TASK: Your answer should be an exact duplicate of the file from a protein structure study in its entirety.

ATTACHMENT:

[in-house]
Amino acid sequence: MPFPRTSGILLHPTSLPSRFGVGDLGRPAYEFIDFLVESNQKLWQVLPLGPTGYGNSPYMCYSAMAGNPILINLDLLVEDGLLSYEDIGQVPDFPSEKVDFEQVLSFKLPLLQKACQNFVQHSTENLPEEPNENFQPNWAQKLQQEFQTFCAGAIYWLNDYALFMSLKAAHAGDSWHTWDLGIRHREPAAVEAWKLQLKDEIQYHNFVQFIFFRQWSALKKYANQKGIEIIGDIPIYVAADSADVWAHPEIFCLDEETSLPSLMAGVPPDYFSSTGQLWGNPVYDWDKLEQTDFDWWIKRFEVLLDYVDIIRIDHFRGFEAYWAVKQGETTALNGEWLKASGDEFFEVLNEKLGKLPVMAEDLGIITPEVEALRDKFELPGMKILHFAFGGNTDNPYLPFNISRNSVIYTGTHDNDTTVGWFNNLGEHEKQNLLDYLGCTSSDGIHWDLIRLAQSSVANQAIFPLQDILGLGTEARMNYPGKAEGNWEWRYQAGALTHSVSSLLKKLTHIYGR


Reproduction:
[in-house]
Amino acid sequence: MPFPRTSGILLHPTSLPSRFGVGDLGRPAYEFIDFLVESNQKLWQVLPLGPTGYGNSPYMCYSAMAGNPILINLDLLVEDGLLSYEDIGQVPDFPSEKVDFEQVLSFKLPLLQKACQNFVQHSTENLPEEPNENFQPNWAQKLQQEFQTFCAGAIYWLNDYALFMSLKAAHAGDSWHTWDLGIRHREPAAVEAWKLQLKDEIQYHNFVQFIFFRQWSALKKYANQKGIEIIGDIPIYVAADSADVWAHPEIFCLDEETSLPSLMAGVPPDYFSSTGQLWGNPVYDWDKLEQTDFDWWIKRFEVLLDYVDIIRIDHFRGFEAYWAVKQGETTALNGEWLKASGDEFFEVLNEKLGKLPVMAEDLGIITPEVEALRDKFELPGMKILHFAFGGNTDNPYLPFNISRNSVIYTGTHDNDTTVGWFNNLGEHEKQNLLDYLGCTSSDGIHWDLIRLAQSSVANQAIFPLQDILGLGTEARMNYPGKAEGNWEWRYQAGALTHSVSSLLKKLTHIYGR